Fast facts: Simplicio Custodio, a former guerrillero (I suppose a HUKBALAHAP member?), filed a petition for prohibition against the Senate President, the Speaker of the House, the Insular Treasurer and the Insular Auditor to prohibit them from authorizing and approving the disbursement of P3,000,000.00 appropriated for the back salaries of the Congressmen. He likewise prayed that the act be declared invalid and unconstitutional. Sadly, the Supreme Court dismissed the petition on the following grounds: 
1) Custodio does not have the requisite personality to attack the constitutionality of the act. The elementary doctrine of constitutional law is that the constitutionality of a legislative act is open to attack only by a person whose rights are affected thereby, that one who invokes the power of the court to declare an Act of Congress to be unconstitutional must be able to show not only that the statute is invalid but that he has sustained, or is in immediate danger of sustaining, some direct injury as the result of its enforcement, and not merely that he suffers in some indefinite way in common with people generally.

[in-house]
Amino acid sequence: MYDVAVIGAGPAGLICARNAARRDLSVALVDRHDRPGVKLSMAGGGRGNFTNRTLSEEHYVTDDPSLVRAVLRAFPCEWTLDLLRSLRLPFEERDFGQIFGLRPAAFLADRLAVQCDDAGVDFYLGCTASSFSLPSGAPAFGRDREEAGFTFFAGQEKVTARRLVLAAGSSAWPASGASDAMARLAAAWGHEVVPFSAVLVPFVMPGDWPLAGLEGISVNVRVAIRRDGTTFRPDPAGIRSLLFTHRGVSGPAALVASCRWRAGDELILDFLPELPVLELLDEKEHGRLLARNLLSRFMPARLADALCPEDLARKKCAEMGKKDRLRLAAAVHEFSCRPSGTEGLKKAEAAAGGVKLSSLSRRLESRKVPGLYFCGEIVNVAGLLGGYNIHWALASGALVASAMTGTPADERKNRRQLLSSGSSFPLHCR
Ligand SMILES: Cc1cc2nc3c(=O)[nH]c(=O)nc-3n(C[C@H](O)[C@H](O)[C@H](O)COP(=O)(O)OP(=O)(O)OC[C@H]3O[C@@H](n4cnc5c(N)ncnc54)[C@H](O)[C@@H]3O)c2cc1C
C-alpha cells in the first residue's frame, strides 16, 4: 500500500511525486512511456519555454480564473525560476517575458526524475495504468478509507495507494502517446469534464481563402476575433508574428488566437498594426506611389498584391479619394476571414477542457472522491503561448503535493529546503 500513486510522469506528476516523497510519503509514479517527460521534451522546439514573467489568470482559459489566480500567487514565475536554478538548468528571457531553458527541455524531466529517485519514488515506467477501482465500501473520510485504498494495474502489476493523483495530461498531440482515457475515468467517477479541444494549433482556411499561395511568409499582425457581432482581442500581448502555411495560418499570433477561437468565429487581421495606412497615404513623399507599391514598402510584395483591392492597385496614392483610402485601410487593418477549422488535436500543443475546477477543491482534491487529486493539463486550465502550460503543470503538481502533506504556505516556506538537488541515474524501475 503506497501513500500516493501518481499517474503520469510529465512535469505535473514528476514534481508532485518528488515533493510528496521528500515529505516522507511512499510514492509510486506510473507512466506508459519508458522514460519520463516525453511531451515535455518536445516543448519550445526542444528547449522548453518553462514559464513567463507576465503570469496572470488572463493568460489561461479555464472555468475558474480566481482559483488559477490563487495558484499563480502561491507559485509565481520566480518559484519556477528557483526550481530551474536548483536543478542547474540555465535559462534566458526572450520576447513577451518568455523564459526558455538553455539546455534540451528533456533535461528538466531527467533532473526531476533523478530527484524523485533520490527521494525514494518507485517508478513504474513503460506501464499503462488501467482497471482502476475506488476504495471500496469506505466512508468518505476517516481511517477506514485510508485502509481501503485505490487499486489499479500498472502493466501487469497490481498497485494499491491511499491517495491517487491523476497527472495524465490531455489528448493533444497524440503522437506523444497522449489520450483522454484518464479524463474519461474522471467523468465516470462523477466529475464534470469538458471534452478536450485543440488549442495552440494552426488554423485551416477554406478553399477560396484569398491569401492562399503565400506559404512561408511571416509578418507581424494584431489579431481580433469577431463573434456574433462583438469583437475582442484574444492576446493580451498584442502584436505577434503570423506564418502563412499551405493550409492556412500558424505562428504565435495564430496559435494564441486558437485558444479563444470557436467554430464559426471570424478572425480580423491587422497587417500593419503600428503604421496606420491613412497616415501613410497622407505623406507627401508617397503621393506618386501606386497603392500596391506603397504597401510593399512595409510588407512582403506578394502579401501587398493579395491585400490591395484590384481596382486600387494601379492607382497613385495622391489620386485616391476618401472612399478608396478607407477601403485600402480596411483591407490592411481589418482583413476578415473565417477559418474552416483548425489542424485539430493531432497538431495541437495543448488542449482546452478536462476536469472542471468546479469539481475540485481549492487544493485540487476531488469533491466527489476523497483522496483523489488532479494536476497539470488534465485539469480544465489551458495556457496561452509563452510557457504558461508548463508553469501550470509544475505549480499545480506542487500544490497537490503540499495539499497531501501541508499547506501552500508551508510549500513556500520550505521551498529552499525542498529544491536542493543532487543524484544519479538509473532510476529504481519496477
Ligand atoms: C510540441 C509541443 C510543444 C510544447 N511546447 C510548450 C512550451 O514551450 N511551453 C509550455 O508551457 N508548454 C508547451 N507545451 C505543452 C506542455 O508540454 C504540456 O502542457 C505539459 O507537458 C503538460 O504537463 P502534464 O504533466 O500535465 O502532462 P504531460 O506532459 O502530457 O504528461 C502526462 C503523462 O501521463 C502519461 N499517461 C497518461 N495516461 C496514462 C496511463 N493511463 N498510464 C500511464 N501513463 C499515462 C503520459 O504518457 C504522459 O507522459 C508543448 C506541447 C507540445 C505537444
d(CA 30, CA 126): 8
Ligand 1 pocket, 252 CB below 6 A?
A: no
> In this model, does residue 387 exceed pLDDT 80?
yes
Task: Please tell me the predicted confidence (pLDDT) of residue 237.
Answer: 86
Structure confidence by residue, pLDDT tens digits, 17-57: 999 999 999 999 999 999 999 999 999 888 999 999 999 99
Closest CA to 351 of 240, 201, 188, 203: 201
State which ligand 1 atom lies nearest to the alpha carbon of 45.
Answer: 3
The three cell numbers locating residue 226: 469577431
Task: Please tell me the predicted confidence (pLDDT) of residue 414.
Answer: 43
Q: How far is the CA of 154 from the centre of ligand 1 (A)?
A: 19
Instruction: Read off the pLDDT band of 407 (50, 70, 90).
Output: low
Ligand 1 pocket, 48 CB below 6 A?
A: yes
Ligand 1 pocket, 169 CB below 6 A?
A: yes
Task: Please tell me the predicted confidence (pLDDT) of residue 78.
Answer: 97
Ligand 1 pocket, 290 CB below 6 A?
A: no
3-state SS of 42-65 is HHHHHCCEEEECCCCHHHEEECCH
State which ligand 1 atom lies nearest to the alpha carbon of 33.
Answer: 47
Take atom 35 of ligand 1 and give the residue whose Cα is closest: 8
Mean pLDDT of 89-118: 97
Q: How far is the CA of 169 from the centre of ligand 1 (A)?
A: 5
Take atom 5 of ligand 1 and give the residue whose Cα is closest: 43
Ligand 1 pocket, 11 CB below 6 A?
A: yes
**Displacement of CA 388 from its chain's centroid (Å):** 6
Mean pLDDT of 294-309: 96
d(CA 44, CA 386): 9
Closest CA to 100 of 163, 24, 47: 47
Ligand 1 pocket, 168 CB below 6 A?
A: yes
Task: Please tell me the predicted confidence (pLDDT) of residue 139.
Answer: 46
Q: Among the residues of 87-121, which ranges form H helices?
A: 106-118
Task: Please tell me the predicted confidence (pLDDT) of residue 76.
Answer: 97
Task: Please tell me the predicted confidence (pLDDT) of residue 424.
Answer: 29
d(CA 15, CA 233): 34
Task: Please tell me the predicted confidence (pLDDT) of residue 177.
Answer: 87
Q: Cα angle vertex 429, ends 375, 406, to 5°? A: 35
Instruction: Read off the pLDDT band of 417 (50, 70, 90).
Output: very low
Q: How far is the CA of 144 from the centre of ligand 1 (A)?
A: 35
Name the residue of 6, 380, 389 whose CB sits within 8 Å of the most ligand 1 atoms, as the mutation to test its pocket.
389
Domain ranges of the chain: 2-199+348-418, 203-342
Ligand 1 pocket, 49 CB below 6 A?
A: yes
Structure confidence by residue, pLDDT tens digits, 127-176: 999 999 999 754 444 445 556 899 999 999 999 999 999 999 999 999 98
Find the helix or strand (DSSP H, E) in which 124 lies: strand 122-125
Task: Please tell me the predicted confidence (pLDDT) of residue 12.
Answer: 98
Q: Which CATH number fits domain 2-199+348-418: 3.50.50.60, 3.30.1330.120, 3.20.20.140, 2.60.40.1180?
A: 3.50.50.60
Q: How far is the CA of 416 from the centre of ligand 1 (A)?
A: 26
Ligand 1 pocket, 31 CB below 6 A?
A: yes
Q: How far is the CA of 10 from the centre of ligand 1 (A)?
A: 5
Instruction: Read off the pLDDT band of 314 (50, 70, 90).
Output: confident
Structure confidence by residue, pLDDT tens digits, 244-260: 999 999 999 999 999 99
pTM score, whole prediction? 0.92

2) Appropriation is a political question. Tribunals are not called upon to decide questions of political character. It must be decided by the people at the polls. 
My point is, kupal na talaga ang mga Congressman dati pa. Imagine demanding for back salaries at a time when the country is ravaged by war? Grabe lang. Anyhoo, it is interesting to note that had this case been filed today, Custodio would have won considering that the SC is very liberal as to locus standi these days and that the doctrine of political question has been irrefragably diminished by Art. VIII, Section 1 of the 1987 Constitution.

After almost seven decades, we are bombarded with the shocking news of the P10 billion pork barrel scam. “Paano kaya sila nakakatulog sa gabi?” I asked manong cab driver while stuck in EDSA one rainy evening. He was tuned in to an AM radio station and the anchor was on an extended outburst about the issue. “Sa pera sila nakahiga kaya mahimbing ang tulog nila. Hindi naman barya yan e,” he jokingly replied.